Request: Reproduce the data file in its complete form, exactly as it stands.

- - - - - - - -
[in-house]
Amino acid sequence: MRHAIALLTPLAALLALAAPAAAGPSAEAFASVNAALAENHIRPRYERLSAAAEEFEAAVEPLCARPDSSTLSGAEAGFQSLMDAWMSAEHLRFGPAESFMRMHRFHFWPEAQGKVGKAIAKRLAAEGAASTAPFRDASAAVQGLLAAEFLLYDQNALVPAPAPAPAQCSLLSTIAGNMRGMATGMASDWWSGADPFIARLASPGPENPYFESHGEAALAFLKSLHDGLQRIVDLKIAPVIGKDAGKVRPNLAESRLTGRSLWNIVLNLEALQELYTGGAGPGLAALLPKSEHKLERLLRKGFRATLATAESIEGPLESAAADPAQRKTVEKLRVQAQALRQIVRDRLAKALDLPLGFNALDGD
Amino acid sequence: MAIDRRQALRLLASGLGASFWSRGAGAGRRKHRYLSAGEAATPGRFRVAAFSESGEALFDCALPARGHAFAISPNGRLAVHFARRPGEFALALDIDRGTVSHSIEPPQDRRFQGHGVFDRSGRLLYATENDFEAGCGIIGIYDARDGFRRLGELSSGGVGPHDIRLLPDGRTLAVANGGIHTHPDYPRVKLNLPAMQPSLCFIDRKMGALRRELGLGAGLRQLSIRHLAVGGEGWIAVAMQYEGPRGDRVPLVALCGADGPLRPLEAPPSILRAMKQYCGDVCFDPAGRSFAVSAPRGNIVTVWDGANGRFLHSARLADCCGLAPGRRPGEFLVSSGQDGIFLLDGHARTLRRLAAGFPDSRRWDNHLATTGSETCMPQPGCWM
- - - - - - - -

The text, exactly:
[in-house]
Amino acid sequence: MRHAIALLTPLAALLALAAPAAAGPSAEAFASVNAALAENHIRPRYERLSAAAEEFEAAVEPLCARPDSSTLSGAEAGFQSLMDAWMSAEHLRFGPAESFMRMHRFHFWPEAQGKVGKAIAKRLAAEGAASTAPFRDASAAVQGLLAAEFLLYDQNALVPAPAPAPAQCSLLSTIAGNMRGMATGMASDWWSGADPFIARLASPGPENPYFESHGEAALAFLKSLHDGLQRIVDLKIAPVIGKDAGKVRPNLAESRLTGRSLWNIVLNLEALQELYTGGAGPGLAALLPKSEHKLERLLRKGFRATLATAESIEGPLESAAADPAQRKTVEKLRVQAQALRQIVRDRLAKALDLPLGFNALDGD
Amino acid sequence: MAIDRRQALRLLASGLGASFWSRGAGAGRRKHRYLSAGEAATPGRFRVAAFSESGEALFDCALPARGHAFAISPNGRLAVHFARRPGEFALALDIDRGTVSHSIEPPQDRRFQGHGVFDRSGRLLYATENDFEAGCGIIGIYDARDGFRRLGELSSGGVGPHDIRLLPDGRTLAVANGGIHTHPDYPRVKLNLPAMQPSLCFIDRKMGALRRELGLGAGLRQLSIRHLAVGGEGWIAVAMQYEGPRGDRVPLVALCGADGPLRPLEAPPSILRAMKQYCGDVCFDPAGRSFAVSAPRGNIVTVWDGANGRFLHSARLADCCGLAPGRRPGEFLVSSGQDGIFLLDGHARTLRRLAAGFPDSRRWDNHLATTGSETCMPQPGCWM